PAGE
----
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“It suddenly struck me that that tiny pea, pretty and blue, was the Earth. I put up my thumb and shut one eye, and my thumb blotted out the planet Earth. I didn't feel like a giant. I felt very, very small.” – Neil Armstrong (1930-2012)

Fresh Reads from the Science 'o sphere!

Wednesday, February 18, 2009

FAMILIAR Part 2: Why No Runaway Complexity?

Long time Fresh Brainz readers probably know that my undergrad training was not in molecular biology, but in neuroscience.

My interest in systems science started about 10 years ago when I learnt a bizarre fact about neurons - that the transmission of neural impulses was a probabilistic process.

The firing of a neuronal action potential is not perfectly reliable because it depends on a complex interplay of input signals such as EPSPs, IPSPs and internal states such as the refractory period.

Due to the inherent unpredictability of any single neuron, vertebrates have to rely on a large number of neurons in each nerve in order to convey a reliable signal to other parts of the body.

This struck me as something that is particularly odd.

If you can't even trust one neuron to do its job, how can you trust a thousand of them?!??

Why won't they simply misfire all over the place and garble the signal?

The nervous system has often been compared with human technology such as computers, but you'd be barking mad to try design a computer using millions of components that are not 100% reliable.

These questions perplexed me during my undergrad years and also in my first job as a research assistant in neuroscience. What was even more puzzling then was the realization that other researchers around me simply took this fact for granted - nobody would explain to me why a bunch of unreliable parts could suddenly make a reliable system.

As I started grad school in 2004, I noticed that a similar situation occurs in cell biology. In an unfinished article entitled "Brief thoughts on the Inception of Systems" I wrote:

A cell is an amazing mixed bag of biochemical processes, some of them quite straightforward, others so convoluted that Occam’s razor would not find its mark there.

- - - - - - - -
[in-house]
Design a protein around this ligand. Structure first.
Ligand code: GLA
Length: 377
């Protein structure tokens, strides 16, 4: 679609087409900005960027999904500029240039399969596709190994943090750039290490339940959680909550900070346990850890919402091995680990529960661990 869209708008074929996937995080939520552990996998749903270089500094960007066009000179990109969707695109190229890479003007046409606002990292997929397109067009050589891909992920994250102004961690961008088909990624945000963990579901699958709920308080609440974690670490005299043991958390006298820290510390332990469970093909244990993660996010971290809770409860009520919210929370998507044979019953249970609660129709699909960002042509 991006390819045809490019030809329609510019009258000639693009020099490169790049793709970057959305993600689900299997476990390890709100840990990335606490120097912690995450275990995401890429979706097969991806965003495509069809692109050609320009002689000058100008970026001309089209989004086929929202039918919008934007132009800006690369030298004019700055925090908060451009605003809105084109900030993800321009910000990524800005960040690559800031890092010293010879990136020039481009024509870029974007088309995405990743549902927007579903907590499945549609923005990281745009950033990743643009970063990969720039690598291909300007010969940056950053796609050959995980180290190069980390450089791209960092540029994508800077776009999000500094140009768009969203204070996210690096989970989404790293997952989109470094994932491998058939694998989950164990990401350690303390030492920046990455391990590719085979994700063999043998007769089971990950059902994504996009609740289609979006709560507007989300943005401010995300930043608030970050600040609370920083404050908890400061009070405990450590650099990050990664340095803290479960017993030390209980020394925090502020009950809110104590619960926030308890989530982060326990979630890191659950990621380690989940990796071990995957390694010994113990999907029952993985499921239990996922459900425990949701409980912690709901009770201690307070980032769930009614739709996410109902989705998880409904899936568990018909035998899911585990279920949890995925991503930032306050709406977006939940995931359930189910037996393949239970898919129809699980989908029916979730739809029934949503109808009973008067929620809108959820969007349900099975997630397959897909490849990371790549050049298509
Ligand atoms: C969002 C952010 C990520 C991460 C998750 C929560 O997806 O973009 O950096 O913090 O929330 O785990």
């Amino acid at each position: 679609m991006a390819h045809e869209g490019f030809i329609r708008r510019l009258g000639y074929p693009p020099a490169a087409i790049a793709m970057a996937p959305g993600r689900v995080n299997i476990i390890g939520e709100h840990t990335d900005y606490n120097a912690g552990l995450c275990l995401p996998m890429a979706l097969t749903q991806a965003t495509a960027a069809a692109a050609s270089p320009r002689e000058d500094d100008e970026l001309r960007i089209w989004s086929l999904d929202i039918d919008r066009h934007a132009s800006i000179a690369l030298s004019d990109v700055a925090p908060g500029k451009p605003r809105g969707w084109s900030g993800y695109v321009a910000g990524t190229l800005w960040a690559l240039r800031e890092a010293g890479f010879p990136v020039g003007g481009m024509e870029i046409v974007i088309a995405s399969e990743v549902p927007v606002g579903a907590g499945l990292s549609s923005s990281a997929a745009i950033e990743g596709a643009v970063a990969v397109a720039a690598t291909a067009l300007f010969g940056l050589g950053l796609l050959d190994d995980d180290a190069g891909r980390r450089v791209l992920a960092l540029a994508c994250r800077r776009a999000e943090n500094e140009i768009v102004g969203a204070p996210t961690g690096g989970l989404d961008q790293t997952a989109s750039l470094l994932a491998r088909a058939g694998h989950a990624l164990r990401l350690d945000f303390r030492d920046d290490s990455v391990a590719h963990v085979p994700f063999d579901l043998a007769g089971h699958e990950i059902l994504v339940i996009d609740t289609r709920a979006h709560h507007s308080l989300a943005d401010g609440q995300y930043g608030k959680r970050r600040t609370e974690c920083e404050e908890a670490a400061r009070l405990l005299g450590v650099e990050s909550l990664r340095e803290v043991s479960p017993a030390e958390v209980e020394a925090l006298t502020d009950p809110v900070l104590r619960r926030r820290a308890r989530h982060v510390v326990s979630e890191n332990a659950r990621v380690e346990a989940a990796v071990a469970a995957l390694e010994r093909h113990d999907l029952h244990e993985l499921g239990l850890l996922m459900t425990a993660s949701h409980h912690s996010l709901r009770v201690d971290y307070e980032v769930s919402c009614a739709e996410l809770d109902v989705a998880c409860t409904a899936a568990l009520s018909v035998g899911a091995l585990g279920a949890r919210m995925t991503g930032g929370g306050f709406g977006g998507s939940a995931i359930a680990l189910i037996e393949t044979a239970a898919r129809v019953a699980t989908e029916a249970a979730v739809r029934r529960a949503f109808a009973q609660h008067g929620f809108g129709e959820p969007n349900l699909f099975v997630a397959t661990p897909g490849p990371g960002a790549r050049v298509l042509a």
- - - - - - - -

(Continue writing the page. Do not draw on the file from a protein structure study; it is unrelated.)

Unlike the oft used analogy of a factory, each cell is made up of components that do not fit together clearly like a clock. For example, many proteins have multiple roles across several different pathways. From cell to cell, proteins can have different functions depending on where and when it is expressed.

The compounded variability from the probabilistic performance of each intracellular player should become so large so as to make an integrated system impossible.

What I am saying is, if one wanted to make a reliable machine to fulfill a very specific function, one would not deliberately use components with variable and probabilistic characteristics. But yet cells do exists, and are quite stable and reliable. How can this be?

How indeed?

Let me illustrate this problem with a graph.

When the number of components in a system is small, the total number of interactions is limited and predictability of component behaviour is high.

This is why we can play games like pool and snooker - we can tell where the target balls will end up.

As the number of components increase, the total number of interactions increase exponentially to such an extent that it quickly becomes impossible to know exactly what will happen.

Imagine a pool table with thousands of balls.

In addition, the probabilistic behaviour of each component makes this problem far, far worse.

Imagine a pool table with thousands of unbalanced balls!

By this additive concept, it should be impossible for any limited sentient being to comprehend much of the Universe, since it consists of trillions upon trillions of probabilistic subatomic particles in constant interaction.

But here lies the trick...

In some cases, the increasing number of components start to exhibit emergent properties, forming a complex system. The whole system itself becomes reliable enough to be a "component" (or module) of another larger system.

Each successive complex system then occupies a higher organization level in a hierarchical structure, so that the total number of "component" interactions at the higher organization level never gets out of hand.

This why we can predict the trajectory of a cannonball with such accuracy, even though we can never predict the exact locations of all the component electrons in a cannonball.

There is no runaway complexity because complexity appears "fold in" on itself with each successive organization level.

But how exactly does a complex system make itself reliable and predictable?

Stay tuned for my next article about Ludwig von Bertalanffy and his General System Theory.